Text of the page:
Friendships take on a whole new life after finishing full-time school. Once I entered the work force, I noticed my friendships slowly became a choice rather than an obligation. Instead of maintaining friendships with people I saw everyday at school, or who conveniently lived down the street, friendships became something I conscientiously worked on. Sadly, this meant that I lost a lot of friends.
But, it also meant I gained a lot of friends. Being diagnosed with cancer helped me to replace friendships I had grown out of with people I could grow with. I've made countless friends in the year and a half since my diagnosis, through the clinic at Princess Margaret Hospital, at my young adults with lymphoma support group, at a retreat in Newfoundland, and even a blogging friend through the internet.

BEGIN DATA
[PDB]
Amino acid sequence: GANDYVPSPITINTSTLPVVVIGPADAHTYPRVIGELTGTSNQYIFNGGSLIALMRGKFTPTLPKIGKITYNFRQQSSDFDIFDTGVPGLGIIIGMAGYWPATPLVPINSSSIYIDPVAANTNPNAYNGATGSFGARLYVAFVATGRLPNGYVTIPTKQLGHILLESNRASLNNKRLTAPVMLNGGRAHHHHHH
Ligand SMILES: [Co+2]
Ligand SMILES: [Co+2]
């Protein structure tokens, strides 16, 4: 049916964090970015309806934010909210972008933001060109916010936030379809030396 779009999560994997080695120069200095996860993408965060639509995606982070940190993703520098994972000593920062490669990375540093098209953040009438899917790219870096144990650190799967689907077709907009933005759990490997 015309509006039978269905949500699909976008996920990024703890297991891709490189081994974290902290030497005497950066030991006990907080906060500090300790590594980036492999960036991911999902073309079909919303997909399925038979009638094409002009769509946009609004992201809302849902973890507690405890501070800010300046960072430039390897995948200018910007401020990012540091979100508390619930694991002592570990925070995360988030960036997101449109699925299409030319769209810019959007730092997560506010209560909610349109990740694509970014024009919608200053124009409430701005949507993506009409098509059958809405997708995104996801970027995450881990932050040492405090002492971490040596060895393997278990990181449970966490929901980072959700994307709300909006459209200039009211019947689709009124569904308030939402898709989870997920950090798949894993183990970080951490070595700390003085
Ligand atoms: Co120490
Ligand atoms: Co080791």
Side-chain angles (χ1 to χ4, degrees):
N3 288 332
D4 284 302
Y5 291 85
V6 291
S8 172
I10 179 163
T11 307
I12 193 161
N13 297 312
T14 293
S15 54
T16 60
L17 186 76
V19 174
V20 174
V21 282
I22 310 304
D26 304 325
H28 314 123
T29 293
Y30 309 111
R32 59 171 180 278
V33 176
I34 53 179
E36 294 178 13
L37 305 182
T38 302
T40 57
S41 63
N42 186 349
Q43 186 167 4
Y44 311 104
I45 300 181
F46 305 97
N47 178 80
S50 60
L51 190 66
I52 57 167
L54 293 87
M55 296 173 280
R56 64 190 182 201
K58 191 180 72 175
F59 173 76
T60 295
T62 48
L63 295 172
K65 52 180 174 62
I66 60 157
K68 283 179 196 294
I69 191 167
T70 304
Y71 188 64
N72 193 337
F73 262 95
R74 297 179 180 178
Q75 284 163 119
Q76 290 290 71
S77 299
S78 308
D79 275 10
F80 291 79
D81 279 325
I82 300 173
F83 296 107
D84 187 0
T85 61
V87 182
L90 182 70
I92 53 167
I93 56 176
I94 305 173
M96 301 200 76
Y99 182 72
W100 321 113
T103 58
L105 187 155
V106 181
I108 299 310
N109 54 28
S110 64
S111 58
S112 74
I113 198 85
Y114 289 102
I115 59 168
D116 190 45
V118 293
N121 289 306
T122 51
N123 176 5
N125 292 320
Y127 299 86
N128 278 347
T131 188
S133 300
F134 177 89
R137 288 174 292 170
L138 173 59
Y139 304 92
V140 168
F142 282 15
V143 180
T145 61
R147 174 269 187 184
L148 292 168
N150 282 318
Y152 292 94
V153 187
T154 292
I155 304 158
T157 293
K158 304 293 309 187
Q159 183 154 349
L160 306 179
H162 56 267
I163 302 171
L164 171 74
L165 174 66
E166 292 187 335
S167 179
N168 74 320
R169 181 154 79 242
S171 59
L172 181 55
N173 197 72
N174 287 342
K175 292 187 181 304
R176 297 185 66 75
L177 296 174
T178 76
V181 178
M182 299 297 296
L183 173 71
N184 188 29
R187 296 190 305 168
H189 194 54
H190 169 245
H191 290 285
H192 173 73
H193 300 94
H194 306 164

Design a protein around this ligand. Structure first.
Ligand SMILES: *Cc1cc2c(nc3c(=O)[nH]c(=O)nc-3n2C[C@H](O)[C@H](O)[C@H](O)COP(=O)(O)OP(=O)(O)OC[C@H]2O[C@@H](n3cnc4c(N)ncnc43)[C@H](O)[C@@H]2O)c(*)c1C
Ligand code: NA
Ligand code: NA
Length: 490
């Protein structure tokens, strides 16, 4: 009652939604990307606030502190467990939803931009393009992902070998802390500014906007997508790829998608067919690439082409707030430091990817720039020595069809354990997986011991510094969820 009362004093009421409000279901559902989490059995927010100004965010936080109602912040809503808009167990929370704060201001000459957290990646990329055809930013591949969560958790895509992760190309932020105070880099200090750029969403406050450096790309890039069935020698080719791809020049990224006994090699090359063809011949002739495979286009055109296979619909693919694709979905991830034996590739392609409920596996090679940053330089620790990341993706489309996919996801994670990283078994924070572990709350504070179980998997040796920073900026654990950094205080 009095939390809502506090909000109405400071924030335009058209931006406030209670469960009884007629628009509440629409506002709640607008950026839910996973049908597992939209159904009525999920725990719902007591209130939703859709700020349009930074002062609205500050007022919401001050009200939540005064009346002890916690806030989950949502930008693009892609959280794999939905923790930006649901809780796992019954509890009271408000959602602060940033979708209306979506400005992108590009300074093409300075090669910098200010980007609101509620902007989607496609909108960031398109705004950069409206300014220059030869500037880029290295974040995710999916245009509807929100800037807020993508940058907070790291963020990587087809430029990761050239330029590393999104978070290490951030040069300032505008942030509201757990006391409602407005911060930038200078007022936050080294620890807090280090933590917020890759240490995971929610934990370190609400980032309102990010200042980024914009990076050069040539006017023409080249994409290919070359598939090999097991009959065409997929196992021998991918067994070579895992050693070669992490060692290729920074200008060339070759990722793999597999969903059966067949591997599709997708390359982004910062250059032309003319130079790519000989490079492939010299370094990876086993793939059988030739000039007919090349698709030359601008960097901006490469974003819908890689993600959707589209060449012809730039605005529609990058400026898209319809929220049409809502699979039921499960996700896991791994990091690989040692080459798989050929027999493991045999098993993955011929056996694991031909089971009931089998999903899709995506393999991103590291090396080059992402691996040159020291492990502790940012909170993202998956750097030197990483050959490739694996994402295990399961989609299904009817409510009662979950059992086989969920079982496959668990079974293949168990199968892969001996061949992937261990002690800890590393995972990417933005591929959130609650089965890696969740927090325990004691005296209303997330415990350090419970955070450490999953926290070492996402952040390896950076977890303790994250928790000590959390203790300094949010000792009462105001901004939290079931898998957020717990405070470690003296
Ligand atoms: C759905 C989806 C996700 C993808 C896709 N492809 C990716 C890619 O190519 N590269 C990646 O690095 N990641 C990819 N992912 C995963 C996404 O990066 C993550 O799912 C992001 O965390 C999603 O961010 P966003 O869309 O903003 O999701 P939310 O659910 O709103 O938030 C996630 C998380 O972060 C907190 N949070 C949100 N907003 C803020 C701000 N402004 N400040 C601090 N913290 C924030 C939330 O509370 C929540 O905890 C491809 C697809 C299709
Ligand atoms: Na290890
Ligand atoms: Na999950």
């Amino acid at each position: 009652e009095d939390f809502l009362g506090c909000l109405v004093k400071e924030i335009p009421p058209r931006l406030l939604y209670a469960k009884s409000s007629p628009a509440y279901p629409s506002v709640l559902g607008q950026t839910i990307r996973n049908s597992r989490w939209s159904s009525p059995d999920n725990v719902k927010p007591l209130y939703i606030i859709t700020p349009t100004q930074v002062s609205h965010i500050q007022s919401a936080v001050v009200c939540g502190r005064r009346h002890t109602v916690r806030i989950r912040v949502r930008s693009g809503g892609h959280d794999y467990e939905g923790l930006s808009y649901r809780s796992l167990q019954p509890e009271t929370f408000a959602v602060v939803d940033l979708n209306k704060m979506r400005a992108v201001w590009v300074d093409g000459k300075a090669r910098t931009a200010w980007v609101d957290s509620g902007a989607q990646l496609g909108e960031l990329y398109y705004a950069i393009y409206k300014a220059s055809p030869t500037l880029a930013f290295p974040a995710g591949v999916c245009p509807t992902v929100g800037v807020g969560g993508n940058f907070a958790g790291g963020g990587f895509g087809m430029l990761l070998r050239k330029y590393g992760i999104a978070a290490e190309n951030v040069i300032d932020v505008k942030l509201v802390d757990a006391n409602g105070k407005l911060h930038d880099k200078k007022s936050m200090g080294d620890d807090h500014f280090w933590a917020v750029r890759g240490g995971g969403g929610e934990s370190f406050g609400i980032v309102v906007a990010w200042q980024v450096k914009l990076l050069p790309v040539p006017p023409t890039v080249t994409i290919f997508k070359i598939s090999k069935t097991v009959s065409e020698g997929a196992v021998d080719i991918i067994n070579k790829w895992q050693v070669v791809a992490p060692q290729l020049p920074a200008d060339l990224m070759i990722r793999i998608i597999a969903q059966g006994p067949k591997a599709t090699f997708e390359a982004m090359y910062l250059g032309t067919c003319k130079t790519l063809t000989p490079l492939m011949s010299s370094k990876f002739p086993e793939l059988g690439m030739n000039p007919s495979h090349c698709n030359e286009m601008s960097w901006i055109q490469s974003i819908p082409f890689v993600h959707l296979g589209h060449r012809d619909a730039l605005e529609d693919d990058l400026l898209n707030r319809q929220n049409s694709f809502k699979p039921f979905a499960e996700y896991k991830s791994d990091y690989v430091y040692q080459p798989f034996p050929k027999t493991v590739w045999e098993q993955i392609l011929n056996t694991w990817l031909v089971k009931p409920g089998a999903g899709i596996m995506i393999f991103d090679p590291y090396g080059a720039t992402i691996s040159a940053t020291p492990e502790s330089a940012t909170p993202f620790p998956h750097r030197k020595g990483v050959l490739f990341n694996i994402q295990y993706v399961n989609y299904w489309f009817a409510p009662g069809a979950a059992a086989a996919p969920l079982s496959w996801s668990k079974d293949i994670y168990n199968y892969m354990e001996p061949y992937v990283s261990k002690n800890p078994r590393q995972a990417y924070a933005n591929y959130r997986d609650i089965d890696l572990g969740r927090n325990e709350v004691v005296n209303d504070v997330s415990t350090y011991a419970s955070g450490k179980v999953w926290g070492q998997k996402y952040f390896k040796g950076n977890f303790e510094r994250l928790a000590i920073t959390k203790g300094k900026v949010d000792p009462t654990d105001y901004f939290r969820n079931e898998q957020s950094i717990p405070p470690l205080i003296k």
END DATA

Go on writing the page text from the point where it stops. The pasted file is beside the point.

This week, my blogging friend told me she was attending another retreat in September with First Descents. I had heard about these adventure retreats before, but it wasn't until learning a survivor friend was going that I considered going myself. The decision wasn't a hard one to make. This September, us and a whole group of friends-waiting-to-be-made will be rock climbing in the Colorado River in Utah. Who would have thought that'd be something I'd ever do?!
I give full credit to my friend for encouraging and supporting my endeavour - and to all my cancer friends for always encouraging and supporting all of each other's endeavours! Without these people in my life, cancer would have been a lonely, isolating and embittering experience. With them, however, cancer survival has become an opportunity waiting to be seized.
Rock climbing, here I come!!!
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